Store apps of Win32 installer type

Store Win32 installers are downloaded by the Windows Package Manager (WPM) from third party download locations determined by the app publisher. See the WPM logs for detailed download progress and the URL used for download.


Common issues:

  • Inaccessibility to the download location (Note, you can use WPM logs to see the exact URL location or by running “Winget show [packageid]” and looking at the Installer > Installer URL property).
  • Hash-mismatch: The file at the endpoint doesn’t match as expected. Downloads are temporarily redirected to a Microsoft CDN with a cache of the installer file until the new installer version can be processed. Access to the Microsoft CDN is needed.
  • Download location reliability: the endpoint may not handle large scale downloads well, especially in a short period of time, or may have other outage issues.
  • Delivery Optimization peering isn’t currently available for Win32 Store apps.


Troubleshooting client logs

Reviewing logs is the best way to understand failures. The following table provides information about the log types, what they report, and where to find them. Note that %TEMP% will be evaluated in the context of the installation, so would be for system user or logged on user based on the install behavior (system or user) set for the app.


Improvements to app processing





  • This is the main Intune client log
  • Look for "[Win32App]" and "[WinGetApp]“
  • High level orchestration of steps for all apps and specific actions for system content apps



  • Includes the Intune orchestration of the WPM library for user context actions (detection, applicability check, install, uninstall, upgrade)



  • WPM (WinGet) logs


Varies by installer

  • Store app Win32 installer logs

If the installer definition supports a custom log location, it defaults to: %TEMP%\winget\defaultStateIn future will be %ProgramData%\Microsoft\IntuneManangementExtension\Logs


Note, custom install location is not supported in manifest on many apps.

Operational Event logs

  • This includes UWP installer logs (both msstore and non-store appx)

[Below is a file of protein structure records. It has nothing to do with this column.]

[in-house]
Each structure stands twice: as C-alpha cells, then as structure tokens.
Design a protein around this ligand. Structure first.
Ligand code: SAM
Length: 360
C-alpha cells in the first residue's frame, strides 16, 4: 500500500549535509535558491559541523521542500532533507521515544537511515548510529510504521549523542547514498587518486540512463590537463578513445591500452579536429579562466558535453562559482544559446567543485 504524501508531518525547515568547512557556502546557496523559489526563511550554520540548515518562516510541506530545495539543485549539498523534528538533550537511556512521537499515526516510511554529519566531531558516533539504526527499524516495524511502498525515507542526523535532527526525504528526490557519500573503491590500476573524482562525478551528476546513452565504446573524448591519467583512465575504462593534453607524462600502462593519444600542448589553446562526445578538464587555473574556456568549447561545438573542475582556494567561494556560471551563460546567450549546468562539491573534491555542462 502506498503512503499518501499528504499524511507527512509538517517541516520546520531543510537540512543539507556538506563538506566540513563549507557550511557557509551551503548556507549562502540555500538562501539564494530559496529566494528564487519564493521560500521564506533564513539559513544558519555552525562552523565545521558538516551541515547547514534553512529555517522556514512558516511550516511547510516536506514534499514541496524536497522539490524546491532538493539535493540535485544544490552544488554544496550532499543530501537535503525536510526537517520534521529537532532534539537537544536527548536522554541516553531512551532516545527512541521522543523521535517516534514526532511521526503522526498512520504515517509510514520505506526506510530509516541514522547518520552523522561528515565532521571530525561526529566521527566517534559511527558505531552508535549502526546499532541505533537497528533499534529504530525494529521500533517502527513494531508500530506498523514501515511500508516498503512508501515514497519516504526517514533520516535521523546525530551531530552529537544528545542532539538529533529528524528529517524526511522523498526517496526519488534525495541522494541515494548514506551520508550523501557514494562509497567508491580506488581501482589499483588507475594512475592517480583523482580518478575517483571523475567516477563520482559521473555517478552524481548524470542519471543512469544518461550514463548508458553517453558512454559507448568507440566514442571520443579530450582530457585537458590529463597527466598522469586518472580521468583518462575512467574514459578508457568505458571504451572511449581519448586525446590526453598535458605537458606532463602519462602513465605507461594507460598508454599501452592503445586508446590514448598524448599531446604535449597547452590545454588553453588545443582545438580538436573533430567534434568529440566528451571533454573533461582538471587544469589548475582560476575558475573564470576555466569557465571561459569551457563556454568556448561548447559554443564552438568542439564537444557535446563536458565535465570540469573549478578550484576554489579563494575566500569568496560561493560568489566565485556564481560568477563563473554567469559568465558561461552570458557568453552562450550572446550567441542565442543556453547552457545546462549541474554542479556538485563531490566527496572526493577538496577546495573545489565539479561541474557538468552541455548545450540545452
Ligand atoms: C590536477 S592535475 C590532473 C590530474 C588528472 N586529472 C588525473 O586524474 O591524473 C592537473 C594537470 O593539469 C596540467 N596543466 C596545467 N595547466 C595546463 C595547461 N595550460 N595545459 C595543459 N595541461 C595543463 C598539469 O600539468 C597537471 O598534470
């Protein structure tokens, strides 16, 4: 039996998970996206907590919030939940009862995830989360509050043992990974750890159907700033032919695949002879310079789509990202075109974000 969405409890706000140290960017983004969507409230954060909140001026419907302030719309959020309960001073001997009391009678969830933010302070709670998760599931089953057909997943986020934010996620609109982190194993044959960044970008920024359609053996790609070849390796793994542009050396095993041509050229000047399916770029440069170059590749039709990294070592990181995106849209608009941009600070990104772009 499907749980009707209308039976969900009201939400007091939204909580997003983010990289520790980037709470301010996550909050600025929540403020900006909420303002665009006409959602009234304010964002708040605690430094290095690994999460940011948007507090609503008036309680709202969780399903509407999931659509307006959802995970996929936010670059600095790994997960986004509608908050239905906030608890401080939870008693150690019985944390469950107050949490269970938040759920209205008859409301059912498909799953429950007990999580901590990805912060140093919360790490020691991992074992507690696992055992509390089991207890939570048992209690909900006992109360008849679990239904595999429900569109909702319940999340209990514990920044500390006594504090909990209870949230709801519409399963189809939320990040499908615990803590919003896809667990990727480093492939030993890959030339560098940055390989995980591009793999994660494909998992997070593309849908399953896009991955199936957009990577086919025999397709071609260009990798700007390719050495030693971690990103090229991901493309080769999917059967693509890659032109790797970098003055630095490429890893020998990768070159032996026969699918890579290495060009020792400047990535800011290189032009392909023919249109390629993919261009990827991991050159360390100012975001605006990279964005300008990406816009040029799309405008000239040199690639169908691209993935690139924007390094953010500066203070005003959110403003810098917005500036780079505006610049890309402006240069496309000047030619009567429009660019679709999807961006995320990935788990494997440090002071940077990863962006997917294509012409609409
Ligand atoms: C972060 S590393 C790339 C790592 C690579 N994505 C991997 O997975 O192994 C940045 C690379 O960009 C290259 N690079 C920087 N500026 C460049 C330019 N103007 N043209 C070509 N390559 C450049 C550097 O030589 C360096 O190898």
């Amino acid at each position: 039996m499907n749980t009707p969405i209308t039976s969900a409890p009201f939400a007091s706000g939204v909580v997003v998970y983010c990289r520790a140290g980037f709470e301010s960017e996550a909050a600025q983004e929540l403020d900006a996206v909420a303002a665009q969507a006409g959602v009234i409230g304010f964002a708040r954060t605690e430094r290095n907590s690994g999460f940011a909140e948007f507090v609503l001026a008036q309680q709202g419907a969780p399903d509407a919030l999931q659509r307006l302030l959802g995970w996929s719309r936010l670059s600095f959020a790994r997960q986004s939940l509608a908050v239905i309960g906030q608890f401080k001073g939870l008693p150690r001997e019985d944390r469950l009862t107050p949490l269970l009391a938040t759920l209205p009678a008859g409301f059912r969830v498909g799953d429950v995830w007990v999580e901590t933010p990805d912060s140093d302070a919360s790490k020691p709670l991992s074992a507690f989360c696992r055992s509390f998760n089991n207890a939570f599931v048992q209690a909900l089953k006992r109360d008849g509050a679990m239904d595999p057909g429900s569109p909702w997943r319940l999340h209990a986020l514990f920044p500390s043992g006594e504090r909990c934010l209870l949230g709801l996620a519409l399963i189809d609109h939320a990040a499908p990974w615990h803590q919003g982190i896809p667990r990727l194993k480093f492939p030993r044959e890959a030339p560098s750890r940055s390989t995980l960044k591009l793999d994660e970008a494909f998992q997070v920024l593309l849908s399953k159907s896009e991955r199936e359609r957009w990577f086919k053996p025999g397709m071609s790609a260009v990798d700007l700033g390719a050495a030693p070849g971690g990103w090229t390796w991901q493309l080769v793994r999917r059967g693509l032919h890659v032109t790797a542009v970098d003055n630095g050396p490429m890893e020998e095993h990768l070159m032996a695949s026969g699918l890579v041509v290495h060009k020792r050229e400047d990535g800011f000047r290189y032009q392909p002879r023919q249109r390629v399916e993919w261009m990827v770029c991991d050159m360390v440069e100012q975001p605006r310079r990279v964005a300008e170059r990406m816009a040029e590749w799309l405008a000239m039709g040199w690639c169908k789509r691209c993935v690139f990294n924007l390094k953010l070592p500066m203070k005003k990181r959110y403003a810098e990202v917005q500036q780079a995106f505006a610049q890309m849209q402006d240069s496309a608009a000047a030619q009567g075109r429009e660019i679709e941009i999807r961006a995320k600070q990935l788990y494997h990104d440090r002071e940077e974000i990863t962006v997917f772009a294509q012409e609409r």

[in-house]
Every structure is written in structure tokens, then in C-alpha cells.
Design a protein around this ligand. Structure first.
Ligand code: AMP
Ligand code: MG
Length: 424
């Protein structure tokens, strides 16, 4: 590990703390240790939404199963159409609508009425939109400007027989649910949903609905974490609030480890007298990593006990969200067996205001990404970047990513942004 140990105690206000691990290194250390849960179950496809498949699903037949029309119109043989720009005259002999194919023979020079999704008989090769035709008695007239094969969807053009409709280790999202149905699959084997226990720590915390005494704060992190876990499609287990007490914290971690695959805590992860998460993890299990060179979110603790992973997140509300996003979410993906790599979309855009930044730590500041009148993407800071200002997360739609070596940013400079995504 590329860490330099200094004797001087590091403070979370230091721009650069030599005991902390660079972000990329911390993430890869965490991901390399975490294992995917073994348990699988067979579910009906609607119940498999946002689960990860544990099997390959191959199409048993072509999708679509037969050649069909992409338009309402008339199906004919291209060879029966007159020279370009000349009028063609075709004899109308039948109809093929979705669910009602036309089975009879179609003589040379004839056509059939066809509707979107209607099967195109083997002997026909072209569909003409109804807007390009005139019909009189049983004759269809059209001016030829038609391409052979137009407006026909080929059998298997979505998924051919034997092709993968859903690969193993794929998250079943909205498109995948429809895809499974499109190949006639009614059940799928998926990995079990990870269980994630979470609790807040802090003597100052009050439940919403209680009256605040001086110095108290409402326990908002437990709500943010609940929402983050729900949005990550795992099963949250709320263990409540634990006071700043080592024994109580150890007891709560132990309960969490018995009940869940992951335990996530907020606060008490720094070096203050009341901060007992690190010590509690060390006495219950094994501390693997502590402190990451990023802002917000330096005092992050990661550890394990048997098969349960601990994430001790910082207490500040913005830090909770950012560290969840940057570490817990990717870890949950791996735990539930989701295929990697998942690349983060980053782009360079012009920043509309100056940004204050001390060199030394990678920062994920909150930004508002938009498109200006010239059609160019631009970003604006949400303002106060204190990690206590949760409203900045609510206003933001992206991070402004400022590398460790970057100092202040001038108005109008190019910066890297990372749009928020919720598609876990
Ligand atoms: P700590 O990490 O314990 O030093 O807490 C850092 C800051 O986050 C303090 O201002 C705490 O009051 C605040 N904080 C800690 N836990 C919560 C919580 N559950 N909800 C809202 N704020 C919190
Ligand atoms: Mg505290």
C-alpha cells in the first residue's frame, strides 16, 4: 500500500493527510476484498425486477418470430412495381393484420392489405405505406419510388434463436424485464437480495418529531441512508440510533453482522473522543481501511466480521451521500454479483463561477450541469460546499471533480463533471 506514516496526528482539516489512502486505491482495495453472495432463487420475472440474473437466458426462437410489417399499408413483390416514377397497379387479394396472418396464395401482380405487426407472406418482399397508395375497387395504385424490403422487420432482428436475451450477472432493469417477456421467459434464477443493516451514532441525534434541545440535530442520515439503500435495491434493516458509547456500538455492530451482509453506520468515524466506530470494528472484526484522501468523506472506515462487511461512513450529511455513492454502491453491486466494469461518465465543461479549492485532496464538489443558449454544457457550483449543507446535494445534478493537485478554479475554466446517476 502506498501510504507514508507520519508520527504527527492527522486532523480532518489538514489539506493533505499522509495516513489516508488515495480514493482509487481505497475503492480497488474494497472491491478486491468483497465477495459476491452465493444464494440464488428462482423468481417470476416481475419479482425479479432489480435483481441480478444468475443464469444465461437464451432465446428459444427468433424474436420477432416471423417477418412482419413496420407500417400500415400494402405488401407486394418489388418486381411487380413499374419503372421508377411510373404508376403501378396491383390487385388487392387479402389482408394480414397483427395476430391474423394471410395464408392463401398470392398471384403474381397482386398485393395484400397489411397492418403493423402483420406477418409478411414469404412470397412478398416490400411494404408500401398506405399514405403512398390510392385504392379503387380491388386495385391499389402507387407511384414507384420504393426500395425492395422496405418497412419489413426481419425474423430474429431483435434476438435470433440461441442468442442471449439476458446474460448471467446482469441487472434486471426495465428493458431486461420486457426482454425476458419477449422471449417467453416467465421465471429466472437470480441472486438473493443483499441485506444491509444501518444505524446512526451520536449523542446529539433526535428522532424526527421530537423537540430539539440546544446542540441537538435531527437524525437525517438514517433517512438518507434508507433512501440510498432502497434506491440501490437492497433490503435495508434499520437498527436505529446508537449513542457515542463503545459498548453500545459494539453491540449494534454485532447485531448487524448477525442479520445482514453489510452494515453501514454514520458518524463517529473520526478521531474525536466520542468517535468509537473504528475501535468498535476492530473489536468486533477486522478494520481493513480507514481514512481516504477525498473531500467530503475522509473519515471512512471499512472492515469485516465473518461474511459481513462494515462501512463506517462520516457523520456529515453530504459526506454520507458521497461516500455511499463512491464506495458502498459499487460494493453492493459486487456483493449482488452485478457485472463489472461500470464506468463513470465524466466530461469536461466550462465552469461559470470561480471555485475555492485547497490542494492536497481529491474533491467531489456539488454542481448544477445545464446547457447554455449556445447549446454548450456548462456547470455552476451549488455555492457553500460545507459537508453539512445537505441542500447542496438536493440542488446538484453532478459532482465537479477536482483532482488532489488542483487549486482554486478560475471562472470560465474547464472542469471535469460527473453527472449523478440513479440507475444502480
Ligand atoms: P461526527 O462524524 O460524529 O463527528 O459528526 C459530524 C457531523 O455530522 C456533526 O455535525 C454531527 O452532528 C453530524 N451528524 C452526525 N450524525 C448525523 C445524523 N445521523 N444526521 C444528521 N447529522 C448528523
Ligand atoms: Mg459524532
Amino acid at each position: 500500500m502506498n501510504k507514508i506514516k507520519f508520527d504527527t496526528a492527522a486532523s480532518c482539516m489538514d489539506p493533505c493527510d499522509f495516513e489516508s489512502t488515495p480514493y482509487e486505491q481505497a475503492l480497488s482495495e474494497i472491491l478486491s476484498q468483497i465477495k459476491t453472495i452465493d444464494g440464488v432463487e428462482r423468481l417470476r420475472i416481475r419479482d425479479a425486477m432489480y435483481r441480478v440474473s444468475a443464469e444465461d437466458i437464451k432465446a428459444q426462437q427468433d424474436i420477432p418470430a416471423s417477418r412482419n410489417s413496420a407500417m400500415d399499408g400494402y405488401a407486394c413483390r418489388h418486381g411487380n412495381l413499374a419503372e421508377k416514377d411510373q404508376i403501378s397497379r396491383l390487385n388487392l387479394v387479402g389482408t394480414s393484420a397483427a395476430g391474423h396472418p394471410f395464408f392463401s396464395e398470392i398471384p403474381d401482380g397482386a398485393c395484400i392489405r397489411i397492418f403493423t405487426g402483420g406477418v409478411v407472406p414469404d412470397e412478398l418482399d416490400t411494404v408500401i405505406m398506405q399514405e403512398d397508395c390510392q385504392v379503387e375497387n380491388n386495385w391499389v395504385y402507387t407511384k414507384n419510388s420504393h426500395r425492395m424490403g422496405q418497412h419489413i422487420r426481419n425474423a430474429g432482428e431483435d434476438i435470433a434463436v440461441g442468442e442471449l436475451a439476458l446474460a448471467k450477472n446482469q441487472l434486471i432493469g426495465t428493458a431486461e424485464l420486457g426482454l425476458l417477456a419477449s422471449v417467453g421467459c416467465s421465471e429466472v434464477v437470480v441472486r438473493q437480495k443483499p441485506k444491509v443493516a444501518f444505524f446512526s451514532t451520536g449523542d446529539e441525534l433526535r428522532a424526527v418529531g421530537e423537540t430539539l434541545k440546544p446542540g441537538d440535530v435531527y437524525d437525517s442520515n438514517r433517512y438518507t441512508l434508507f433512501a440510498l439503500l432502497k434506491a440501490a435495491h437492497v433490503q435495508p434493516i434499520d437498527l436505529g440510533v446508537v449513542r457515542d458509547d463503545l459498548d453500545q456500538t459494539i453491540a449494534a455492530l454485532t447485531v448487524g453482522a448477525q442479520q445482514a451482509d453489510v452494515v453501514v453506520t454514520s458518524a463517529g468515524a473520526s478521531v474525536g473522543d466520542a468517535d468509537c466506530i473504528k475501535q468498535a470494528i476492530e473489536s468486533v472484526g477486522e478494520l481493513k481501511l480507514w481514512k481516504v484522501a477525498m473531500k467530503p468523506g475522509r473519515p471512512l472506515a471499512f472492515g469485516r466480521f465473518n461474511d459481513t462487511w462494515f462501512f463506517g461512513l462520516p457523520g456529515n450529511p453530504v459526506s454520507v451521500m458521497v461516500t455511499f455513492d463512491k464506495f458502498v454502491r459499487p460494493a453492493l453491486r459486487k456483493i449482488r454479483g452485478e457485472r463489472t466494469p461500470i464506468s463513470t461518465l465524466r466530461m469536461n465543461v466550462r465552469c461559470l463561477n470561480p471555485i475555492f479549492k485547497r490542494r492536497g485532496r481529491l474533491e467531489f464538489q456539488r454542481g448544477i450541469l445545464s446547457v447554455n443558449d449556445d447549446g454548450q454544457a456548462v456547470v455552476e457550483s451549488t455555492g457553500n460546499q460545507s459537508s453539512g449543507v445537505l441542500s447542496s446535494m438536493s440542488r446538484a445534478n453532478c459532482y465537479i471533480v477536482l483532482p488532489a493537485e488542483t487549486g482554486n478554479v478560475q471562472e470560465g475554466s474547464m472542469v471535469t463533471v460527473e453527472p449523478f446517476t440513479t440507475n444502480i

• Search by Package Family Name (PFN) to find your application

Event Viewer - Application and service


Logs\Microsoft\windows\appxdeploymentEvent viewer - Application and Service Logs\Microsoft\windows\appxdeployment-server


Application and Service Logs\Microsoft\windows\Store\operational


The following table is a general overview of the key lines in the Intune Management Extension logs that are helpful to understand where the app installation failure occurs.



Start of check in

“[Win32App] Requesting required apps” or
“[Win32App] Requesting available apps only”

Shows the policies received from Intune Management Extension service

Get policies = [{policies}]

Start processing subgraph with apps

[Win32App][V3Processor] Processing subgraph with app ids: {appId}

Initial detection results (used to determine if action is needed)

[Win32App][WinGetApp][WinGetAppDetectionExecutor] Completed detection for app with id: {appId}

Applicability results (used to determine if action is needed)

[Win32App][WinGetApp][WinGetAppApplicabilityExecutor] Completed applicability check for app with id: {appId}.

Install, Upgrade or Uninstall start

[Win32App][WinGetApp][WinGetAppExecutionExecutor] Starting execution of app with id: {appId}
Post-install detection results [Win32App][WinGetApp][WinGetAppDetectionExecutor] Completed detection for app with id: {appId}


Note: Use the AgentExecutor logs for user context installs and WPM logs for a deeper look into all actions (except for applicability/detection steps).


The app is reported as “Not Applicable” in the IME logs

There are a few reasons that the application may not be applicable:

  • The device is not a Windows device that supports the Intune Management Extension or it only has one core processor.
  • The Intune Management Extension version doesn’t support the new installer type (less than 1.59).
  • In the IME logs, the app appears as:
    • “NotSupported”
    • [Win32App][WinGetApp][AppPackageManager] This client machine only has 1, the application will not be installed.
    • “AppPackageNotFound”
  • The app is not available on the device.
  • None of the installers associated with the app are applicable on the device.
  • Applicability is evaluated by the WinGet library and reasons for the status may include architecture, language, and minimum operating system requirements.


Keep in mind

Some group policies may affect app deployment from the Microsoft Store. Refer to the table in the Store group policies section of Add Microsoft Store apps to Microsoft Intune.



If you have any questions or comments for the Intune team, reply to this post below or reach out to @IntuneSuppTeam on Twitter. For more troubleshooting content related to Win32 apps, check out Troubleshoot Win32 app issues and Troubleshooting Win32 app installations with Intune!

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Last update:
‎May 08 2023 04:19 PM